This episode seriously freaks me out!  Perhaps it’s because I’m a dancer who, in the past, has suffered from fatigue or maybe it’s because I’m scared of flying but this episode scares me to death.  Though the episode’s final twist may have been spoiled by far too many inferior imitations, Twenty-Two, as directed by Jack Smight, manages to perfectly capture the feel of a nightmare.

It’s the perfect episode for an October night.

Film Reviews: The Airport Terminal Pack


 Sometimes, you have to be careful which films you choose to watch over the course of the day. 

Such as, last Friday night, I heard the news that Jill Clayburgh had died and I ended up watching An Unmarried Woman.  This, along with the fact that I also watched the Black Swan trailer, led to me dancing around the house in my underwear, en pointe in bare feet, and doing a half-assed pirouette in the living room.  And I felt pretty proud of myself until I woke up Saturday morning and my ankle (which I don’t think has ever properly healed from the day, seven years ago, that I fell down a flight of stairs and broke it in two places) literally felt like it was on fire.  That was my body’s way of saying, “You ain’t living in a movie, bitch.  Deal with it.”

So, come Sunday, I decided to play it safe by watching something that I was sure wouldn’t lead to any imitative behavior on my part.  Since I had previously reviewed Earthquake on this site, I decided that I would devote some time to the movies that started the entire 1970s disaster movie genre — Airport.  Watching Airport led to me watching Airport’s three sequels.

I was able to do this largely because I own the Airport Terminal Pack, a two-disk DVD collection that contains all four of the Airport films and nothing else.  There’s no special features or commentary tracks.  That’s probably a good thing because these films are so extremely mainstream that I doubt the commentary tracks would be all that interesting except to people who love “Me and Jennings Lang had the same lawyer…” style stories.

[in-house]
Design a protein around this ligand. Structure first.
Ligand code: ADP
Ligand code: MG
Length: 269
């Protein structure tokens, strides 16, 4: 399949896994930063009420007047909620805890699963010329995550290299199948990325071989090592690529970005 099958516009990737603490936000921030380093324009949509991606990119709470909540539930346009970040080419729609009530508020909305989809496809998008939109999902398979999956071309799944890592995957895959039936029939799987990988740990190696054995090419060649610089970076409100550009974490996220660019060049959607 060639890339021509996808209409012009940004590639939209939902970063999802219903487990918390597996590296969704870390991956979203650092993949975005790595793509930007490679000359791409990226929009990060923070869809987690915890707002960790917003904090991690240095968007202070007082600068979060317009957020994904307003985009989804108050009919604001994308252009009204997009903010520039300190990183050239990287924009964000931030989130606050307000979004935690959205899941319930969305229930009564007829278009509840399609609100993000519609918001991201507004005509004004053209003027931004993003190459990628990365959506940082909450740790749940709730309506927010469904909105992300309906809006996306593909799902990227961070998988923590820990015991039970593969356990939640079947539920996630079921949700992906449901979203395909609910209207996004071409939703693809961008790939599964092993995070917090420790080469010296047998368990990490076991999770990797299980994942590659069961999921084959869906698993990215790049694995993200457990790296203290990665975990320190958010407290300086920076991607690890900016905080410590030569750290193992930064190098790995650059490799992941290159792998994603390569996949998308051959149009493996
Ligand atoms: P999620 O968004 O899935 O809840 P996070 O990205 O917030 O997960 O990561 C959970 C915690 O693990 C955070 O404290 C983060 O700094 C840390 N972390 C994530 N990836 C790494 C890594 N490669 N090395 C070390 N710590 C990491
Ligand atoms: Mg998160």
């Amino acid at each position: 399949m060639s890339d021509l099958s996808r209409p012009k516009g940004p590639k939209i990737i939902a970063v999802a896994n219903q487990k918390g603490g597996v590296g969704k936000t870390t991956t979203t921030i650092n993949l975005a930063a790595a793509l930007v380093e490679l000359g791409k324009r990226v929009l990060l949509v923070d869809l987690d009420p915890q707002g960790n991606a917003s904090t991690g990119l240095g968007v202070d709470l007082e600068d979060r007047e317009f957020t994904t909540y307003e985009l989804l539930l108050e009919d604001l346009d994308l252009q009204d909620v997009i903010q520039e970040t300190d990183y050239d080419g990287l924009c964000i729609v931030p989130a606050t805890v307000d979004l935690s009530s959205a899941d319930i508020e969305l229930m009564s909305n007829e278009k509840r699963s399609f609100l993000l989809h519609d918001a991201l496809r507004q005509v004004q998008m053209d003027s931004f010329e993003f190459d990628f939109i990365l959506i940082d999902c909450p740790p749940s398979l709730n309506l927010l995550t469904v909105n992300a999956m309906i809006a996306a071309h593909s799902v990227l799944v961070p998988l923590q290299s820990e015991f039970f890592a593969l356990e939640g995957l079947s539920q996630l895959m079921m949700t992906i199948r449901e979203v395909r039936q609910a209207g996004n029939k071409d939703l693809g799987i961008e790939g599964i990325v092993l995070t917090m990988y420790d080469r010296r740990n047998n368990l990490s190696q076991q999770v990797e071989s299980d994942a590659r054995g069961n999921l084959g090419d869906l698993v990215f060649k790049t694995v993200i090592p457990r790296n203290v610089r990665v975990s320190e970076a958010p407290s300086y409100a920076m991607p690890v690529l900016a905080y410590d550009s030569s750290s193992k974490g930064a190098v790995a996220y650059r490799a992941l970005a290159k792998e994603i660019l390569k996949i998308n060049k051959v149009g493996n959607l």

The movies are a mixed bag of ’70s sexism, mainstream greed, and casts that were described as being “all-star” despite the fact that they featured very few stars.  They’re all worth watching as time capsules of a past time.  Some of them are just more worthy than others.

Below are my thoughts on each individual film in the collection…

Airport (directed by George Seaton)

First released in 1970, Airport was nominated for 10 Academy Awards (including best picture), broke box office records, and started the whole 70s disaster movie trend.  It also has to be one of the most boring, borderline unwatchable movies ever made.  The fact that I managed to sit through the whole thing should be taken as proof that I’m either truly dedicated to watching movies or I’m just insane.  Take your pick.

Anyway, the film is painstakingly detailed account of the every day operations of an airport.  Yeah, sounds like a lot of fun, doesn’t it?  Burt Lancaster runs the airport.  His brother-in-law Dean Martin flies airplanes.  Both of them have mistresses but we’re told that’s okay because Lancaster’s wife expects him to talk to her and Martin’s wife is cool with him fucking around as long as he comes home at night.  I would be tempted to say that this is a result of the film having been made in 1969 and released in 1970 but actually, it’s just an introduction to the sexual politics of the typical disaster film.  Men save the day while women get in the way.  And if you think things have changed, I’d suggest you watch a little film calledf 2012